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Ben Carson Drops Out of Race, Announces His Next Steps

6 minute read

Ben Carson’s appearance at the Conservative Political Action Conference in Washington, D.C. on Friday was a call to arms for faith voters, but also a concession that he can no longer be their candidate.

“You know, there’s a lot of people who love me, they just won’t vote for me,” Carson quipped when he told the audience he would be “leaving the campaign trail.”

Carson has still not officially said they he is suspending his campaign, but the crowd gave him a standing ovation as he announced his next step: to get involved with My Faith Votes, an organization focused on getting Christian voters to the polls. According to Politico, Carson will serve as national chairman of the organization.

Carson previewed the end of his unlikely and unusual campaign on Wednesday when he announced that he would be skipping the Republican debate in his hometown of Detroit the following night, and that he saw no “political path forward” in the race. Carson did not win a single state, and gathered only 8 delegates out of the more than 600 that have been awarded so far.

But here’s the thing about Ben Carson: he never wanted to be President anyway. The former neurosurgeon with the inspirational life story was pushed into the race after he spoke at the National Prayer Breakfast in 2013 and criticized the Affordable Care Act while standing feet away from President Obama.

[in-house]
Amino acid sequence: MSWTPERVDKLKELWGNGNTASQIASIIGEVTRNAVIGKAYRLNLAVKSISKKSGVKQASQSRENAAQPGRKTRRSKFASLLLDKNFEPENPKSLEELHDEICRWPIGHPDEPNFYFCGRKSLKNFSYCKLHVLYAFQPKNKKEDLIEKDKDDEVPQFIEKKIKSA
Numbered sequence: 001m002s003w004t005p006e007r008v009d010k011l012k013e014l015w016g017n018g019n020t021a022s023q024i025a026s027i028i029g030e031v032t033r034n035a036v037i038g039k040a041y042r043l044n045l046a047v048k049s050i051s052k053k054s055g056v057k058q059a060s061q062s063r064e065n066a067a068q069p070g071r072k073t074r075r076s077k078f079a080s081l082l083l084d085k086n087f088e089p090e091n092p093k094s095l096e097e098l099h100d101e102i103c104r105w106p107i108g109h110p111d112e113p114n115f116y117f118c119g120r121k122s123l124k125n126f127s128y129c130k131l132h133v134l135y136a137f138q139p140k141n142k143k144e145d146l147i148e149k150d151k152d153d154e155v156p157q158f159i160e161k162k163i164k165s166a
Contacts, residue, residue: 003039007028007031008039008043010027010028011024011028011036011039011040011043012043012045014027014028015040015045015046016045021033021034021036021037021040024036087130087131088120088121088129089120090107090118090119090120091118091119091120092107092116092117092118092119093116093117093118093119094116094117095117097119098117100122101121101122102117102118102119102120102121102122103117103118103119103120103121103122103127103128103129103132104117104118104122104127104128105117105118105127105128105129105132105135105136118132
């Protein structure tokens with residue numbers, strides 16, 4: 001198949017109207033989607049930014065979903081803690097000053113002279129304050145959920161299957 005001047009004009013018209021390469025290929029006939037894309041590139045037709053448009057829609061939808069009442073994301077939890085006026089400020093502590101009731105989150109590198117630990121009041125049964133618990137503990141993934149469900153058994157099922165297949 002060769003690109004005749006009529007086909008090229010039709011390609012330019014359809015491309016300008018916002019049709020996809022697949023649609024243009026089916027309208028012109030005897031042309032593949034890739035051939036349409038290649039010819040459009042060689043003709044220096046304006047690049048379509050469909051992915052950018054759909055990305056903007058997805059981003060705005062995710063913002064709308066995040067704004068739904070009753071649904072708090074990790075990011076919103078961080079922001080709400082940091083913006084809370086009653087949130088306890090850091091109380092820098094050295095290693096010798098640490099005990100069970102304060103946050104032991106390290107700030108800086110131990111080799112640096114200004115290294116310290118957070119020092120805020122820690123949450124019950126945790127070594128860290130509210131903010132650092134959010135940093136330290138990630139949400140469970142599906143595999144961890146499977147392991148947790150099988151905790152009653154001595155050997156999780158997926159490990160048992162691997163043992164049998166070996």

See Ben Carson's Life in Photos

An early childhood photograph of Ben Carson.Courtesy of Ben Carson Campaign
Ben Carson's graduation from Southwestern High School, Detroit circa 1969.Courtesy of Ben Carson Campaign
Ben Carson with his mother, Sonya, and his future wife, Candy after his graduation from Yale University, circa 1973. Courtesy of Ben Carson Campaign
Ben Carson - Life in Pictures
Dr. Donlin Long, director of neurosurgery, left, and Dr. Ben Carson director of pediatric neurosurgery at John Hopkins Hospital, with brain model of the Siamese twins separated in a 22-hour surgery at Hopkins, Sept. 7, 1987, in Baltimore.Fred Kraft—AP
Ben Carson - Life in Pictures
Dr. Ben Carson shares his personal story with middle school students on March 17, 2000 in Roswell, N.M.Aaron J. Walker—AP
Ben Carson - Life in Pictures
Dr Dennis Rohner, Dr Beat Hammer, Dr Ivan Ng, Dr Ben Carson, Prof. Walter Tan, and Dr Keith Goh rehearse an operation to separate conjoined twins Ladan and Laleh Bijani from Iran at Raffles Hospital on July 5, 2003 in Singapore.Reuters
Ben Carson - Life in Pictures